There was much to ponder at half-time and Mick O’Flynn’s legendary tactical acumen was being severely tested. The second half was barely a couple of minutes old when Mick asked me to make a note as Peter Sofoluke, making a very encouraging debut, nearly scored following what Mick called a tactical switch. The problem was that Orpington too had made a tactical switch and put on a new keeper who proved to be more than useful and could kick like a mule.
Our passing game was to some extent restored but we never really created clear-cut opportunities. A couple of times it looked like Gordon Thompson would glide into the box with the ball glued to his boot but he overran the ball. As we pressed forward there was always the danger of Orpington danger man Kevin ”Lord of the Rings” punishing us on the break. In reality both defences were coping well and both midfields were putting in quite a shift. An Orpington free kick was tipped onto the bar by Toby Manchip with about five minutes left and we thought we had weathered the storm. But it was not to be. With barely a minute left an Orpington corner was allowed to travel a long way to reach an Orpington head in the middle of ten Farnborough players and that was it. It was not quite daylight robbery but Orpington were happier than we were with the point. It was a fair result in the end. We failed to capitalise when we were on top and for all our passing and cohesive play, we could not find the cutting edge as often as we would have liked. The opposition had something to do with that, of course.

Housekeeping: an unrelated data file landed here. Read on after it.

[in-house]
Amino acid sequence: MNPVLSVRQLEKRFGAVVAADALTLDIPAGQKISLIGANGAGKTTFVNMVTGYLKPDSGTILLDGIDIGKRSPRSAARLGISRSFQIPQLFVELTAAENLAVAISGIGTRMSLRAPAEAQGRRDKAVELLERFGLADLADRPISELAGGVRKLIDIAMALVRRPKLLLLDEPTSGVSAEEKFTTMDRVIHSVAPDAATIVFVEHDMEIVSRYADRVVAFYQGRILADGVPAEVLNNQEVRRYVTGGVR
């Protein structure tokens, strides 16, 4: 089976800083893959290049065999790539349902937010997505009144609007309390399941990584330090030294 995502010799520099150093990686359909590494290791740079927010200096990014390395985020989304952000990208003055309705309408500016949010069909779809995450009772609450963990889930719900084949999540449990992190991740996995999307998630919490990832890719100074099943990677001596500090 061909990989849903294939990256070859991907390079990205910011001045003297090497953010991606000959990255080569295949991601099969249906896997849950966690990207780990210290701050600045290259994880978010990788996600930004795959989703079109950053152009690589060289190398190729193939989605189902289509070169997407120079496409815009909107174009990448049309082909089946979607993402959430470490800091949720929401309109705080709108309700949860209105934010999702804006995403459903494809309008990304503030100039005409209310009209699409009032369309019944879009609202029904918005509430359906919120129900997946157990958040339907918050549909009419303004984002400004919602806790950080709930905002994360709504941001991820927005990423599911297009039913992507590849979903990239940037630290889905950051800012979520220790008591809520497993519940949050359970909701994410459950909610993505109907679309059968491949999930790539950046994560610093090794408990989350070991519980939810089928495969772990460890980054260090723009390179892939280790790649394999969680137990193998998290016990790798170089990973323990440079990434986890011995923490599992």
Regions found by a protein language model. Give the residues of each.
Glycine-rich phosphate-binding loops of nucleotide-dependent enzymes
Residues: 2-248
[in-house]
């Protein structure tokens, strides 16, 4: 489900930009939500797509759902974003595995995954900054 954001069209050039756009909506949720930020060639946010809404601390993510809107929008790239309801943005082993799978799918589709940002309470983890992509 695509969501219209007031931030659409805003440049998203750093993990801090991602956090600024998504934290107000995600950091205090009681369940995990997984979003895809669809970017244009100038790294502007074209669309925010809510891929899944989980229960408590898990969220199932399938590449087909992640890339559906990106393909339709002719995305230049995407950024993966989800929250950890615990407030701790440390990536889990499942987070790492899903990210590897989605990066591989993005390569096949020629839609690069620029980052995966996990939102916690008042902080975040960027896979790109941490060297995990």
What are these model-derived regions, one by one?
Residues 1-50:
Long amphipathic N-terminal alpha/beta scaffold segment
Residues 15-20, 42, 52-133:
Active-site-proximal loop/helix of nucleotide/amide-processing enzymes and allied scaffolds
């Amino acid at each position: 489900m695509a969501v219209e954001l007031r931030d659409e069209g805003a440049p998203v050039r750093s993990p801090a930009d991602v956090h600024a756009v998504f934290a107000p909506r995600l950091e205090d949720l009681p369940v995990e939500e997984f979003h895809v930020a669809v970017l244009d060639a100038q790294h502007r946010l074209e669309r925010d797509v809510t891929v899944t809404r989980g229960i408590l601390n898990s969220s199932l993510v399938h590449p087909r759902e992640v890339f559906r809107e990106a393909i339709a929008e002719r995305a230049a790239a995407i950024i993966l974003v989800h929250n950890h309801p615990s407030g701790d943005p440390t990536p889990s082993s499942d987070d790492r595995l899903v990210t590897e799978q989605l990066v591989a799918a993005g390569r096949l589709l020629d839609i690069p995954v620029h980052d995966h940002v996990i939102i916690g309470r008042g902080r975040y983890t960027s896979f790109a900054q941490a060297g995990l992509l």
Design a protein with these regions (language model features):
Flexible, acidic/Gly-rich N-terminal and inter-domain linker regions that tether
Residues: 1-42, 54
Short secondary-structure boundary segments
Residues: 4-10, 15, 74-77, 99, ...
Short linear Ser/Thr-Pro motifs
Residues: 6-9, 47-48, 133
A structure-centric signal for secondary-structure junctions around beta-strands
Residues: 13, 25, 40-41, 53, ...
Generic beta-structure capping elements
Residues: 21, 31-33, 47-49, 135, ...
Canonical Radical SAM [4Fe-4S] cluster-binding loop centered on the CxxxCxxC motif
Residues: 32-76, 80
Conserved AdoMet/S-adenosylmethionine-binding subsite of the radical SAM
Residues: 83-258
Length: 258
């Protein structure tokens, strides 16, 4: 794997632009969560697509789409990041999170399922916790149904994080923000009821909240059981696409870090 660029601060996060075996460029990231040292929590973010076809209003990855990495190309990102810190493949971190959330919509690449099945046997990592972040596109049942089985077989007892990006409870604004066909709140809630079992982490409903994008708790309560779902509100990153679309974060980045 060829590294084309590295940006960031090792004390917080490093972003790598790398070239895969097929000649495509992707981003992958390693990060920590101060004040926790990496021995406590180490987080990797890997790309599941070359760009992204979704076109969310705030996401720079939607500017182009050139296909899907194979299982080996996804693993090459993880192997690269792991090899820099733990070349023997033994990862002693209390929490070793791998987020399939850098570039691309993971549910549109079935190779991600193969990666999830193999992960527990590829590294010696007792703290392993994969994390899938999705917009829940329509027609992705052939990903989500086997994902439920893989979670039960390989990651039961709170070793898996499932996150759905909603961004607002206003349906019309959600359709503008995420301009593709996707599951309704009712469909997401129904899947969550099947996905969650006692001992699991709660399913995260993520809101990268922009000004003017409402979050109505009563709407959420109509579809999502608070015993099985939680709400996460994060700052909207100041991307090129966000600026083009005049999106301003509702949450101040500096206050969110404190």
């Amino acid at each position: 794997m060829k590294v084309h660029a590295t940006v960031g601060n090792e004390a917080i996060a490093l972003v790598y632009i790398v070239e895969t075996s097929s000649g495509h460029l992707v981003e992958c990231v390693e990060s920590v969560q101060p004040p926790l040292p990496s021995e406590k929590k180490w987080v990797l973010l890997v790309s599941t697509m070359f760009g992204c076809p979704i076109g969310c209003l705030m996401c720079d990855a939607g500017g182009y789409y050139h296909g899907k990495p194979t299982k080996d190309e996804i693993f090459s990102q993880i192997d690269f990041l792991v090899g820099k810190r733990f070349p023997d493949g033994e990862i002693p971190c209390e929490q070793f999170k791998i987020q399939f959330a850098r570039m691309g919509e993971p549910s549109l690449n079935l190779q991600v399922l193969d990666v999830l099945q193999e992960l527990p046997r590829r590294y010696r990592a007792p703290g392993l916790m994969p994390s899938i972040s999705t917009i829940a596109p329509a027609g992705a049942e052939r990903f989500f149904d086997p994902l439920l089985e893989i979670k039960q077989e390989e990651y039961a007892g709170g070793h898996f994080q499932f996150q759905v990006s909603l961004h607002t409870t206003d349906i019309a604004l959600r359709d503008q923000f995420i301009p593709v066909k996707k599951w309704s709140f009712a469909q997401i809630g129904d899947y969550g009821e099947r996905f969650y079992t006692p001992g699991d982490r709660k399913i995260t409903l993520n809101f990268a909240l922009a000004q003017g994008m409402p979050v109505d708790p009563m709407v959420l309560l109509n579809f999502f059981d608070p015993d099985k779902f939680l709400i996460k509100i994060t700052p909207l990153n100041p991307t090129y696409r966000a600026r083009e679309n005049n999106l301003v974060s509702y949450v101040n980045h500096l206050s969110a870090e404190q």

The mood in the clubhouse was very good, with excellent hospitality from our hosts, and a universal feelgood factor to have Mick O’Flynn back in our midst, seemingly in good health. I had not realised that watching football could make Dave Salako so hungry. I dread to think what would have happened if had been there for the full ninety minutes. An assortment of sandwiches, cocktail sausages and a what looked like an apple and cinnamon traybake got the Salako seal of approval. The quality of the post-match analysis and conversation was enhanced by the presence of Toby Manchip, I think, wryly observing that his two games for the Senior Vets had cost him nearly “a ton”. I think too that Joe Skinner got over me crumpling his dry-cleaned olive-green shirt which he had left behind in the changing room. I was only thinking, foolishly perhaps, that someone might nick the shirt. Even Simon Thomas forgave me for asking him to focus on the game and to quiff the ball properly from the touchline. There was petulance in his youthful rejoinder but I will rise above it. I know actors can be over-sensitive about criticism.
Man of the Match – Lou Hussey, health and poise restored from last week, with nine out of fifteen votes cast, holding the midfield together with the efficiency of a silent assassin.
Man of the match: Louis Hussey